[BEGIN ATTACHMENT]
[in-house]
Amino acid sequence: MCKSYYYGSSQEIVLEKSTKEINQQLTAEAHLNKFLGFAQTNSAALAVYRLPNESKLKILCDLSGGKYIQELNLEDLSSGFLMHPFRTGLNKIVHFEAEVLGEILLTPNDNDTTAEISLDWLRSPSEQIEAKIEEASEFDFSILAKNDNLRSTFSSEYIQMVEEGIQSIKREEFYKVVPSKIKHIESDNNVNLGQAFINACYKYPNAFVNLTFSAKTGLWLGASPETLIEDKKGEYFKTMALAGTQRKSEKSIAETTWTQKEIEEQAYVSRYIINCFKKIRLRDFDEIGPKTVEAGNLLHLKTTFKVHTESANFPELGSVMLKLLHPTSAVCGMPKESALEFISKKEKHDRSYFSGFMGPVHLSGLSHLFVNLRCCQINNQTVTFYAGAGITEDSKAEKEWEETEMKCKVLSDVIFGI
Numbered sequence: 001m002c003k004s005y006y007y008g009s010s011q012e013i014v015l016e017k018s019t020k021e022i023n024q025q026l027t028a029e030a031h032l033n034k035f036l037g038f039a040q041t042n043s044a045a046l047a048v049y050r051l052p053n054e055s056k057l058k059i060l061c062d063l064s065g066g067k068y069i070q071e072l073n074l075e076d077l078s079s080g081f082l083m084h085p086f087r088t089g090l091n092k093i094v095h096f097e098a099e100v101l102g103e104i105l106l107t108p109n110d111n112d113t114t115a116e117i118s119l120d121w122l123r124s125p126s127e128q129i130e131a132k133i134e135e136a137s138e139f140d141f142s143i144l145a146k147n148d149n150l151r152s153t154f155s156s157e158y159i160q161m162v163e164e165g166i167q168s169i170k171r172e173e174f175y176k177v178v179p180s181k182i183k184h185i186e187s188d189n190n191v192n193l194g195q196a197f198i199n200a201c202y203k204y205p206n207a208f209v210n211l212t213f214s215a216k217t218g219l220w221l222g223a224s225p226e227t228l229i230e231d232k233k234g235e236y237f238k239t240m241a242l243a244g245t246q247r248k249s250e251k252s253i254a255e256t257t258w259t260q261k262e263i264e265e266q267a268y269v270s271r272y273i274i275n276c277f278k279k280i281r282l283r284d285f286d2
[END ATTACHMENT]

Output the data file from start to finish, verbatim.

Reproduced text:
[in-house]
Amino acid sequence: MCKSYYYGSSQEIVLEKSTKEINQQLTAEAHLNKFLGFAQTNSAALAVYRLPNESKLKILCDLSGGKYIQELNLEDLSSGFLMHPFRTGLNKIVHFEAEVLGEILLTPNDNDTTAEISLDWLRSPSEQIEAKIEEASEFDFSILAKNDNLRSTFSSEYIQMVEEGIQSIKREEFYKVVPSKIKHIESDNNVNLGQAFINACYKYPNAFVNLTFSAKTGLWLGASPETLIEDKKGEYFKTMALAGTQRKSEKSIAETTWTQKEIEEQAYVSRYIINCFKKIRLRDFDEIGPKTVEAGNLLHLKTTFKVHTESANFPELGSVMLKLLHPTSAVCGMPKESALEFISKKEKHDRSYFSGFMGPVHLSGLSHLFVNLRCCQINNQTVTFYAGAGITEDSKAEKEWEETEMKCKVLSDVIFGI
Numbered sequence: 001m002c003k004s005y006y007y008g009s010s011q012e013i014v015l016e017k018s019t020k021e022i023n024q025q026l027t028a029e030a031h032l033n034k035f036l037g038f039a040q041t042n043s044a045a046l047a048v049y050r051l052p053n054e055s056k057l058k059i060l061c062d063l064s065g066g067k068y069i070q071e072l073n074l075e076d077l078s079s080g081f082l083m084h085p086f087r088t089g090l091n092k093i094v095h096f097e098a099e100v101l102g103e104i105l106l107t108p109n110d111n112d113t114t115a116e117i118s119l120d121w122l123r124s125p126s127e128q129i130e131a132k133i134e135e136a137s138e139f140d141f142s143i144l145a146k147n148d149n150l151r152s153t154f155s156s157e158y159i160q161m162v163e164e165g166i167q168s169i170k171r172e173e174f175y176k177v178v179p180s181k182i183k184h185i186e187s188d189n190n191v192n193l194g195q196a197f198i199n200a201c202y203k204y205p206n207a208f209v210n211l212t213f214s215a216k217t218g219l220w221l222g223a224s225p226e227t228l229i230e231d232k233k234g235e236y237f238k239t240m241a242l243a244g245t246q247r248k249s250e251k252s253i254a255e256t257t258w259t260q261k262e263i264e265e266q267a268y269v270s271r272y273i274i275n276c277f278k279k280i281r282l283r284d285f286d2